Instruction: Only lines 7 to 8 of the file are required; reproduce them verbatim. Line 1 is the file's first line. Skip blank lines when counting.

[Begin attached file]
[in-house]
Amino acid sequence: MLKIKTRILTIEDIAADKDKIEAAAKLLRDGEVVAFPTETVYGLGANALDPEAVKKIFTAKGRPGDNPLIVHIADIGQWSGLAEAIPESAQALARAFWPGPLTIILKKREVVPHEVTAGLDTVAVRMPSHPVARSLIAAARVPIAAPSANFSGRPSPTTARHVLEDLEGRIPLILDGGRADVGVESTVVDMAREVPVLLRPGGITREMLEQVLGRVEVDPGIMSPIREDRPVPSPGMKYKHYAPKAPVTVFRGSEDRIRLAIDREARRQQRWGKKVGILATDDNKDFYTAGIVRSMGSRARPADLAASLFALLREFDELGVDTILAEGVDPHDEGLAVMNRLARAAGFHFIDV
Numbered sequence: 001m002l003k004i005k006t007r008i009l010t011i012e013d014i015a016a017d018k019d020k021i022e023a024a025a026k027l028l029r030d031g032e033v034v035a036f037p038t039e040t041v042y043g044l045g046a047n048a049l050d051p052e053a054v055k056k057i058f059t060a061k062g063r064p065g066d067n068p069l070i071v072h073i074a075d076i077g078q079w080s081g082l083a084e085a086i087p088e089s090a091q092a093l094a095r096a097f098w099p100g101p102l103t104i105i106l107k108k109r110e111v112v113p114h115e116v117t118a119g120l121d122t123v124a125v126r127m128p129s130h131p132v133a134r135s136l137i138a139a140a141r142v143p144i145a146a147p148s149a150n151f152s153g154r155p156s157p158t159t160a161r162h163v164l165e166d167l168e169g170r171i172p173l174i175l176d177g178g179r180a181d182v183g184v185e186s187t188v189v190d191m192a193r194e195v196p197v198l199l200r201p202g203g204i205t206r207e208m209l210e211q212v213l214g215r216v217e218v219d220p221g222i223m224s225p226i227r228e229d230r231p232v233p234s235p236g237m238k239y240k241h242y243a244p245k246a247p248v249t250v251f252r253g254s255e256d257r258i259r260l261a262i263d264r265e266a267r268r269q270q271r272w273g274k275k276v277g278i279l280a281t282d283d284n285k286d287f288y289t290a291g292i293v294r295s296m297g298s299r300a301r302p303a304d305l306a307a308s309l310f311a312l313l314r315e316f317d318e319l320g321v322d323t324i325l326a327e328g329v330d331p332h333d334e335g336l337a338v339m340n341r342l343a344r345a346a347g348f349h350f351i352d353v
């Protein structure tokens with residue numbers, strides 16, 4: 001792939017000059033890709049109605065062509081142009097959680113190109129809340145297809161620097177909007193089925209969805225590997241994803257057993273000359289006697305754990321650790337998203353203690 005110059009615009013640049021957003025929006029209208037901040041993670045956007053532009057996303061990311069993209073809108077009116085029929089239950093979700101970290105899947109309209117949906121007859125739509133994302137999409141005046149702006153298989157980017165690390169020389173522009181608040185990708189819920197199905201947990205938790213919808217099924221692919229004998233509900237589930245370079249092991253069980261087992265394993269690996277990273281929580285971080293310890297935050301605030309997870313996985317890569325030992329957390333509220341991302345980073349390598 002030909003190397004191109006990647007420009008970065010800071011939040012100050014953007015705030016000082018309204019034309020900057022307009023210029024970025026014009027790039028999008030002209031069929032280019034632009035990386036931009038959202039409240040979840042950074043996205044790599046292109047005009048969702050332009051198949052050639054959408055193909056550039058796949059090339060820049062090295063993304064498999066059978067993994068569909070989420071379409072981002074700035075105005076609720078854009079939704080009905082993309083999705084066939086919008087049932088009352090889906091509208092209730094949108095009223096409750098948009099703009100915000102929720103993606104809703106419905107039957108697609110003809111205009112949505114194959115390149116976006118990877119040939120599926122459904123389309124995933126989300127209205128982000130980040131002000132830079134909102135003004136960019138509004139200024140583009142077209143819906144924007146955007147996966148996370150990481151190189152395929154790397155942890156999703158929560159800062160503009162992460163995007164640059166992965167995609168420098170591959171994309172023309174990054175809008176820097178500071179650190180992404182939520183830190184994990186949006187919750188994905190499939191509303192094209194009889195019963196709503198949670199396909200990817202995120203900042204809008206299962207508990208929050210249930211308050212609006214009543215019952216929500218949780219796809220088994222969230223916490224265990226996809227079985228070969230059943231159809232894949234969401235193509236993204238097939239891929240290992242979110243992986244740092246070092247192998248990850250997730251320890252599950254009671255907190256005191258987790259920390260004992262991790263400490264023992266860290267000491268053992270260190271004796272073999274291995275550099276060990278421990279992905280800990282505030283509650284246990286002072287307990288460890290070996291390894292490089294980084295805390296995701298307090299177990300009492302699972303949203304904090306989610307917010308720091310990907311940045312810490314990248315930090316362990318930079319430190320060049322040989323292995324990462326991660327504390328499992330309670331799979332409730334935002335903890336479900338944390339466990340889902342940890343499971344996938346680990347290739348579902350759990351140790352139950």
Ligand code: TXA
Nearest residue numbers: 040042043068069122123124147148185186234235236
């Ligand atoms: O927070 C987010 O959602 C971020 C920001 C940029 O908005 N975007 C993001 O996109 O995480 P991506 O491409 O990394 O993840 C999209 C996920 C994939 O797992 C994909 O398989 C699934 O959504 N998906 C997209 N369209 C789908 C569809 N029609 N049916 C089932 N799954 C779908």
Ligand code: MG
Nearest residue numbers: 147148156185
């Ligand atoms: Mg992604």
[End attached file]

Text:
């Ligand atoms: O927070 C987010 O959602 C971020 C920001 C940029 O908005 N975007 C993001 O996109 O995480 P991506 O491409 O990394 O993840 C999209 C996920 C994939 O797992 C994909 O398989 C699934 O959504 N998906 C997209 N369209 C789908 C569809 N029609 N049916 C089932 N799954 C779908």
Ligand code: MG